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Hoffmann, R. A wiki for the life sciences where authorship matters. Nature Genetics (2008)

Demonstration of chlorobenzene-induced DNA damage in mouse lymphocytes using the single cell gel electrophoresis assay.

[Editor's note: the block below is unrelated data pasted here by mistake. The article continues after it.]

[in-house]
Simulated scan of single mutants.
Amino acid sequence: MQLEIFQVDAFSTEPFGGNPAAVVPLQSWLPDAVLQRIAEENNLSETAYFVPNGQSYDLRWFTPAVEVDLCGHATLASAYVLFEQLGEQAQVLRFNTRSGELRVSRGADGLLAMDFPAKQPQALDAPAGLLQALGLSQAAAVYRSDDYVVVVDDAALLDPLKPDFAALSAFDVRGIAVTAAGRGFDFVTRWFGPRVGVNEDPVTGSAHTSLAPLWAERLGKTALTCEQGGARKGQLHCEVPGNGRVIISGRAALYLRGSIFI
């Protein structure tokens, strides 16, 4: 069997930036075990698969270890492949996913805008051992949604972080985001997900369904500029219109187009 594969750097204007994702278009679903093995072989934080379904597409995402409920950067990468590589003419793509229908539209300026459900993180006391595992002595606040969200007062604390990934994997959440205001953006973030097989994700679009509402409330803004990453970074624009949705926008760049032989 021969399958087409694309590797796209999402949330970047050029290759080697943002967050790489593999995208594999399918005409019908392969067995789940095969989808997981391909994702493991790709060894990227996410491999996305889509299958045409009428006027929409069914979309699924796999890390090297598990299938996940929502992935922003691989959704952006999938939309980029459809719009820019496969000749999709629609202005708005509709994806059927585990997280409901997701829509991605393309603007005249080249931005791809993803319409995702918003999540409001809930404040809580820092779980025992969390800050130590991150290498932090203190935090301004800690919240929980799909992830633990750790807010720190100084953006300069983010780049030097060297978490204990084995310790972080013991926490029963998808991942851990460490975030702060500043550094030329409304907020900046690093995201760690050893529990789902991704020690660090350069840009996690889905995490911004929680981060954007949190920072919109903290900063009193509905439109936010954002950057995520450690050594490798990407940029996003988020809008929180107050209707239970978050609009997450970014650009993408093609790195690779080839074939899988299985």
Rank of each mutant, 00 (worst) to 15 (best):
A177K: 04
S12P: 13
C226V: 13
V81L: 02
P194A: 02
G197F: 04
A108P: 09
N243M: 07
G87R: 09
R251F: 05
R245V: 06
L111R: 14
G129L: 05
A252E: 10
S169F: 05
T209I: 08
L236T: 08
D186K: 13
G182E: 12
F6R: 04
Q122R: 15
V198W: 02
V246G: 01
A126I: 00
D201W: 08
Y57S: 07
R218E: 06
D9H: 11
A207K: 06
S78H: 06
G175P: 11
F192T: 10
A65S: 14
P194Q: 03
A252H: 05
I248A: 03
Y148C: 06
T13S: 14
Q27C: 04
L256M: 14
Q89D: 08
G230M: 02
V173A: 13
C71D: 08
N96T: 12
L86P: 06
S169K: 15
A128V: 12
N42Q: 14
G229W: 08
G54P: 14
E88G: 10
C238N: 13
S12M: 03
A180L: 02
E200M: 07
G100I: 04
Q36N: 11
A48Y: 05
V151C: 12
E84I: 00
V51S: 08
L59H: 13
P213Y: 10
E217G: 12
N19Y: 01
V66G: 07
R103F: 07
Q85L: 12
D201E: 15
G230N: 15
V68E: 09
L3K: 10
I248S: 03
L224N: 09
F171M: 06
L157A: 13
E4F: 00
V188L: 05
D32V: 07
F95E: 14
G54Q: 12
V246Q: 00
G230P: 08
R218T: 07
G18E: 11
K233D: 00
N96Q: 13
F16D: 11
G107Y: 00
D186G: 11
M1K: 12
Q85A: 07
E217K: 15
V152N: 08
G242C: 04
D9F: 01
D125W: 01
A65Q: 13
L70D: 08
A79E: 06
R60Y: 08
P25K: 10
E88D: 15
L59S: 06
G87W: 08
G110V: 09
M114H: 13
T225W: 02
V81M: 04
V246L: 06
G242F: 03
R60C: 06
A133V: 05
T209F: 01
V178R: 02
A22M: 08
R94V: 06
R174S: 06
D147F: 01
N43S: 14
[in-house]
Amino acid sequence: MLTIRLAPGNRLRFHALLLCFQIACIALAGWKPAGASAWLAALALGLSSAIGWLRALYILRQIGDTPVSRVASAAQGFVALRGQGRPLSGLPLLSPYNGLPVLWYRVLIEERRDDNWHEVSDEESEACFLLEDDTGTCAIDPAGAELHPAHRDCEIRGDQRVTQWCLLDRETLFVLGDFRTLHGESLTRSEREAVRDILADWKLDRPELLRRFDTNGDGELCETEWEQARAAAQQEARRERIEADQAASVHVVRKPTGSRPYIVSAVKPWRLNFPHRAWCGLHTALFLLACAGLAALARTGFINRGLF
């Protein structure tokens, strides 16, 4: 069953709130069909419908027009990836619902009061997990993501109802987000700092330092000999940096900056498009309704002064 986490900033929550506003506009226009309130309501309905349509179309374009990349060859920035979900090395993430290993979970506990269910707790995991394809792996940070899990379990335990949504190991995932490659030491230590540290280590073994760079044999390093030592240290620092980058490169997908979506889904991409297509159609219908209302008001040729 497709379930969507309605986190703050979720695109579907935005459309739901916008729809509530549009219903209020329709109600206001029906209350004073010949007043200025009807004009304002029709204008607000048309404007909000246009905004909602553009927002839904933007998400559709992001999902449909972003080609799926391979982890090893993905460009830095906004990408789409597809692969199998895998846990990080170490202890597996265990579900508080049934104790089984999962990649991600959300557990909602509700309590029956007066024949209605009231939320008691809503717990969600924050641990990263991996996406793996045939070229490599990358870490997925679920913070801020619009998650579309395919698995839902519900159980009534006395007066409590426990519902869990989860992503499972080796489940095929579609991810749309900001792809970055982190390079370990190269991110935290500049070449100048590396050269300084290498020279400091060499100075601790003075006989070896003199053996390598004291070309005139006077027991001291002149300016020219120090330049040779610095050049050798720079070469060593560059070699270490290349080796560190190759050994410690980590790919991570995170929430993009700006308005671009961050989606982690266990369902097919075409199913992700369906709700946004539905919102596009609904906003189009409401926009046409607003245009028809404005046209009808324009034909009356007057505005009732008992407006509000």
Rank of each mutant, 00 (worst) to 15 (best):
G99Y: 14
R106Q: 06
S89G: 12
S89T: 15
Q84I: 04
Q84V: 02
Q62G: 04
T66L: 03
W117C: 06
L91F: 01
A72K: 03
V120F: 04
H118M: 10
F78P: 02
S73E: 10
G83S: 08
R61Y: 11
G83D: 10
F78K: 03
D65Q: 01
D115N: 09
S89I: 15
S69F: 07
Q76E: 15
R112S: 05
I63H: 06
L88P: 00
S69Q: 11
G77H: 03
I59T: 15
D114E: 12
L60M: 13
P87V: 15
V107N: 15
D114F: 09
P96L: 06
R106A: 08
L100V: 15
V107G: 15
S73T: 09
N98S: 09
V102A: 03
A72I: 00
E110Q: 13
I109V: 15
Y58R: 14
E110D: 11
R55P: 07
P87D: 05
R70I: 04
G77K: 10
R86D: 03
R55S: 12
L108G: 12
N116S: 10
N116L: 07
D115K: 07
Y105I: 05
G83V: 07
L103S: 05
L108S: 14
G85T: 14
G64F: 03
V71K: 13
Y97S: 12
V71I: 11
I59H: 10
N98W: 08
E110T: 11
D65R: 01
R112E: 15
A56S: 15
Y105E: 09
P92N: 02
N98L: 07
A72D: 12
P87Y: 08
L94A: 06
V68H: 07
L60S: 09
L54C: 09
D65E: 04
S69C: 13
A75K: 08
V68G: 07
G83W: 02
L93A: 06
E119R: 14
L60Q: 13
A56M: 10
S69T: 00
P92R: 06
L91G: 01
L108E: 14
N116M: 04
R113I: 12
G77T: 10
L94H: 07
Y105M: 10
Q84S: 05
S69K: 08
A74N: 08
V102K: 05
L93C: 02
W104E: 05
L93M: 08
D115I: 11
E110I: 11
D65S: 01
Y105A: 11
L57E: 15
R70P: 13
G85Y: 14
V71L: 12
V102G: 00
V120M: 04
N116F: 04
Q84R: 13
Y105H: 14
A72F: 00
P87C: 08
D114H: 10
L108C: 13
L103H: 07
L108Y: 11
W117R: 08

The DNA damaging effect of chlorobenzene was investigated in peripheral lymphocytes and bone marrow cells from C57BL/6 female mice using a gel electrophoresis assay for DNA from single cells ('the single cell gel electrophoresis assay') under alkaline conditions. The effect of chlorobenzene was studied both after single and repeated intraperitoneal injections of 750 mg/kg body weight. The cytostatic agent cyclophosphamide (150 mg/kg, i.p.) was used as a reference substance, and vehicle-treated mice as controls. DNA damage was recorded 16 h after the (last) injection, using an automated computerized image analysis system specifically designed for the single cell gel electrophoresis assay. There was evidence of chlorobenzene-induced DNA damage after 3 days of repeated exposure in peripheral lymphocytes, but no indications of such an effect in bone marrow cells. Cyclophosphamide induced significant damage to DNA both in bone marrow cells and lymphocytes, the effect being most pronounced in the latter cells. It is concluded that high-dose exposure to chlorobenzene is associated with genotoxicity to peripheral lymphocytes. However, this solvent is apparently not a major hazard to bone marrow cells, even after repeated high-dose exposure.[1]


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